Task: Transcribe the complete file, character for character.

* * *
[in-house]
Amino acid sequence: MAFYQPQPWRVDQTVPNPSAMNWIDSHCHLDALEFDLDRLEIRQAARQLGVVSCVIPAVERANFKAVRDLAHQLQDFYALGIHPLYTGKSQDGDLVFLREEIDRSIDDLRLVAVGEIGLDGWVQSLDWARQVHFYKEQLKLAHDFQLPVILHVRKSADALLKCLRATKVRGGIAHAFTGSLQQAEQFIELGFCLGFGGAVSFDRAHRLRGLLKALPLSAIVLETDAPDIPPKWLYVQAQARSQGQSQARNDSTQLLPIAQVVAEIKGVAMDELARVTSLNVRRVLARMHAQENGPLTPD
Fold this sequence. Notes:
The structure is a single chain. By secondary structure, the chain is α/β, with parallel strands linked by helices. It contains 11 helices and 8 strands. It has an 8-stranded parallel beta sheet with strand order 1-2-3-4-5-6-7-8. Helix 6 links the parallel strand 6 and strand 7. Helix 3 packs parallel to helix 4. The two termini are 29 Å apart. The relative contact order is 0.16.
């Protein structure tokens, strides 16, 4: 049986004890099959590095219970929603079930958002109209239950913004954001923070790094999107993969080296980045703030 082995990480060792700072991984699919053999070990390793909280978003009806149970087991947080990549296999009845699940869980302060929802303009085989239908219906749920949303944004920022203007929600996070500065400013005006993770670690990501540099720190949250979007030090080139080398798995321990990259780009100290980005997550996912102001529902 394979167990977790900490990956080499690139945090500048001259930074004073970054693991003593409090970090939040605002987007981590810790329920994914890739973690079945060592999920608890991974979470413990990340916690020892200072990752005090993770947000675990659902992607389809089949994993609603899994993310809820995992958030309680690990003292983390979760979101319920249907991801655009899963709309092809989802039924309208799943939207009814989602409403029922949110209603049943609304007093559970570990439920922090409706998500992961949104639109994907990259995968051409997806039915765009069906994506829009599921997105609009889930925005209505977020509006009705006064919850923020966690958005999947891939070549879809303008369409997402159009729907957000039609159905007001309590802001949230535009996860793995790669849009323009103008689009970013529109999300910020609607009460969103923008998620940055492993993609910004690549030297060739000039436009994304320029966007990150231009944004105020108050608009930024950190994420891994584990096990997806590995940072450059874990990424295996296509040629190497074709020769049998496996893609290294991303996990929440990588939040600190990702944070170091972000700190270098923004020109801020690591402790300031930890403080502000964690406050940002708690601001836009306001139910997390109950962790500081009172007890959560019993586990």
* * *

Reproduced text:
[in-house]
Amino acid sequence: MAFYQPQPWRVDQTVPNPSAMNWIDSHCHLDALEFDLDRLEIRQAARQLGVVSCVIPAVERANFKAVRDLAHQLQDFYALGIHPLYTGKSQDGDLVFLREEIDRSIDDLRLVAVGEIGLDGWVQSLDWARQVHFYKEQLKLAHDFQLPVILHVRKSADALLKCLRATKVRGGIAHAFTGSLQQAEQFIELGFCLGFGGAVSFDRAHRLRGLLKALPLSAIVLETDAPDIPPKWLYVQAQARSQGQSQARNDSTQLLPIAQVVAEIKGVAMDELARVTSLNVRRVLARMHAQENGPLTPD
Fold this sequence. Notes:
The structure is a single chain. By secondary structure, the chain is α/β, with parallel strands linked by helices. It contains 11 helices and 8 strands. It has an 8-stranded parallel beta sheet with strand order 1-2-3-4-5-6-7-8. Helix 6 links the parallel strand 6 and strand 7. Helix 3 packs parallel to helix 4. The two termini are 29 Å apart. The relative contact order is 0.16.
């Protein structure tokens, strides 16, 4: 049986004890099959590095219970929603079930958002109209239950913004954001923070790094999107993969080296980045703030 082995990480060792700072991984699919053999070990390793909280978003009806149970087991947080990549296999009845699940869980302060929802303009085989239908219906749920949303944004920022203007929600996070500065400013005006993770670690990501540099720190949250979007030090080139080398798995321990990259780009100290980005997550996912102001529902 394979167990977790900490990956080499690139945090500048001259930074004073970054693991003593409090970090939040605002987007981590810790329920994914890739973690079945060592999920608890991974979470413990990340916690020892200072990752005090993770947000675990659902992607389809089949994993609603899994993310809820995992958030309680690990003292983390979760979101319920249907991801655009899963709309092809989802039924309208799943939207009814989602409403029922949110209603049943609304007093559970570990439920922090409706998500992961949104639109994907990259995968051409997806039915765009069906994506829009599921997105609009889930925005209505977020509006009705006064919850923020966690958005999947891939070549879809303008369409997402159009729907957000039609159905007001309590802001949230535009996860793995790669849009323009103008689009970013529109999300910020609607009460969103923008998620940055492993993609910004690549030297060739000039436009994304320029966007990150231009944004105020108050608009930024950190994420891994584990096990997806590995940072450059874990990424295996296509040629190497074709020769049998496996893609290294991303996990929440990588939040600190990702944070170091972000700190270098923004020109801020690591402790300031930890403080502000964690406050940002708690601001836009306001139910997390109950962790500081009172007890959560019993586990």